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Today's News

  • Girls tennis: LA earns 2 wins in 3 chances at Taos

    The Los Alamos Hilltopper girls tennis team went 2-1 at this weekend’s Taos Quadrangular.
    The two-day quadrangular was held Friday and Saturday. Los Alamos hosted Española Valley in the first match Friday at home, then faced off against Taos and Farmington in the other two rounds Saturday at the Quail Ridge Inn at Taos.
    The Hilltoppers had little trouble with either Española Valley or Taos, picking up 17 wins in 18 contests. However, against two-timed defending state Class 4A champion Farmington, a team very well positioned to make another state title run in 2011, the Hilltoppers finished on the blank side of a 9-0 shutout.

  • Water shortage could impact NM's chili crop

    LAS CRUCES (AP) — An expected dry growing season could hurt the chili crop in southern New Mexico.

    There's a shortage of river water in Dona Ana County and a lack of a good groundwater supply in the Hatch area.

    Growers also say they're leaning toward planting cotton instead because of the water outlook. Cotton takes less water.

    Hatch vegetable farmer Jerry Franzoy says cotton looks especially favorable because it's experiencing a market boom this year.

  • Long blackouts pose risk to US reactors

    WASHINGTON (AP) — Long before the nuclear emergency in Japan, U.S. regulators knew that a power failure lasting for days at an American nuclear plant, whatever the cause, could lead to a radioactive leak. Even so, they have only required the nation's 104 nuclear reactors to develop plans for dealing with much shorter blackouts on the assumption that power would be restored quickly.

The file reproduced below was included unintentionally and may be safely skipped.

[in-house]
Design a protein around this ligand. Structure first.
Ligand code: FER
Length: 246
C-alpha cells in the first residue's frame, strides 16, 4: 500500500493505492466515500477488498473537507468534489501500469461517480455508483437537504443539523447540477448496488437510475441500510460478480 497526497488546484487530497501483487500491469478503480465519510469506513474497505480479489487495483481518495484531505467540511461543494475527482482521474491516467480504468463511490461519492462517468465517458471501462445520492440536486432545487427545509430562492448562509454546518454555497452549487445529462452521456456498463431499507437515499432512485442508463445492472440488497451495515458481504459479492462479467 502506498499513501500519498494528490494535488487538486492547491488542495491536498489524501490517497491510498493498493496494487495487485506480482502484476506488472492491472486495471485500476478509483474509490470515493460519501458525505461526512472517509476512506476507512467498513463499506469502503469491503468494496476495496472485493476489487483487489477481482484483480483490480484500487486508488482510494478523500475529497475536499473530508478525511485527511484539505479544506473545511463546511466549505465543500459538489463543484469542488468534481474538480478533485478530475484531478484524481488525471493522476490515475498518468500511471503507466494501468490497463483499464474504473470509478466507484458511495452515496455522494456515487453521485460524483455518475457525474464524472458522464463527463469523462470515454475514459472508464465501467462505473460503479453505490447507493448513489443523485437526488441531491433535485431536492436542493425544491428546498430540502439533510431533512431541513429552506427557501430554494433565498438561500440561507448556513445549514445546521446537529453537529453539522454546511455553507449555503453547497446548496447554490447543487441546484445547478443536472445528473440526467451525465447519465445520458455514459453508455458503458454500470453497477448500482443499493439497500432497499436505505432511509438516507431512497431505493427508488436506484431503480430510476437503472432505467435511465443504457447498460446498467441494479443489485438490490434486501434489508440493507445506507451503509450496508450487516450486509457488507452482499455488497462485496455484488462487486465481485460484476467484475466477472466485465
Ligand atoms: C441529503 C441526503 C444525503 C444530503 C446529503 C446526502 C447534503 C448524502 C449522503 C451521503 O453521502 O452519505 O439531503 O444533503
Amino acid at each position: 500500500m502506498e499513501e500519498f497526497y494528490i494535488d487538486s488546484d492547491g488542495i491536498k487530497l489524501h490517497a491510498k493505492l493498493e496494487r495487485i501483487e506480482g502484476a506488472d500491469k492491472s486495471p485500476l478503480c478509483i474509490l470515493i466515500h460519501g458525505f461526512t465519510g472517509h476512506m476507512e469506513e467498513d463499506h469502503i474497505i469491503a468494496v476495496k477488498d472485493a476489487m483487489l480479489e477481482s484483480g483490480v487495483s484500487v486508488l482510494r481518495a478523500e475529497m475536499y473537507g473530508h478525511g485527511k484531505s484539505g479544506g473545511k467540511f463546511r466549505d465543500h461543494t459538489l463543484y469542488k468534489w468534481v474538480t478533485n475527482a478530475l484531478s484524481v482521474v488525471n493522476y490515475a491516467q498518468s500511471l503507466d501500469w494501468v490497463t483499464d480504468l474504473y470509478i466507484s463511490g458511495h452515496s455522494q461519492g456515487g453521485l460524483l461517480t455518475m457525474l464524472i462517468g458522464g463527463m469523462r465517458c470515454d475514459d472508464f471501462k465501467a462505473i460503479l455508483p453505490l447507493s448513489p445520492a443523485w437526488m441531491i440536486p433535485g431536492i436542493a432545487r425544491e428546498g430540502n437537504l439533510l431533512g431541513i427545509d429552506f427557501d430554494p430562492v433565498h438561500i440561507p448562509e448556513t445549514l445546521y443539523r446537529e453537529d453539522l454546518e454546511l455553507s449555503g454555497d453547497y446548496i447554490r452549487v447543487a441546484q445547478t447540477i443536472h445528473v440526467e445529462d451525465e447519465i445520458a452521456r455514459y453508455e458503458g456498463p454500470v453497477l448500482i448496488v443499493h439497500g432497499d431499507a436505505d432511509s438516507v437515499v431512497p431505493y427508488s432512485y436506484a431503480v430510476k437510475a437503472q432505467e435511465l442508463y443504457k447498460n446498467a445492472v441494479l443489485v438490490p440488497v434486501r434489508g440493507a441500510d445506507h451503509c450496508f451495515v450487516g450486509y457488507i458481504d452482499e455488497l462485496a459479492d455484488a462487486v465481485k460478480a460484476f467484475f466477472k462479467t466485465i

• Syrian Cabinet resigns amid unrest

    DAMASCUS, Syria (AP) — Syria's Cabinet resigned Tuesday to help quell a wave of popular fury that erupted more than a week ago, threatening President Bashar Assad's 11-year rule in one of the most authoritarian nations in the Middle East.

    Assad, whose family has controlled Syria for four decades, is trying to calm the growing dissent with a string of overtures. He is expected to address the nation in the next 24 hours to lift emergency laws in place since 1963 and moving to annul other harsh restrictions on civil liberties and political freedoms.

  • Syrian Cabinet resigns amid unrest

    DAMASCUS, Syria (AP) — Syria's Cabinet resigned Tuesday to help quell a wave of popular fury that erupted more than a week ago, threatening President Bashar Assad's 11-year rule in one of the most authoritarian nations in the Middle East.

    Assad, whose family has controlled Syria for four decades, is trying to calm the growing dissent with a string of overtures. He is expected to address the nation in the next 24 hours to lift emergency laws in place since 1963 and moving to annul other harsh restrictions on civil liberties and political freedoms.

  • Stocks struggle higher despite weak housing news

    NEW YORK (AP) — Stocks edged higher Tuesday, overcoming earlier losses from weak reports on consumer confidence and home prices.

    Home Depot Inc. rose 2.7 percent, the most of the 30 large companies in the Dow Jones industrial average. The retailer said it would buy $1 billion of its own stock with cash from selling bonds.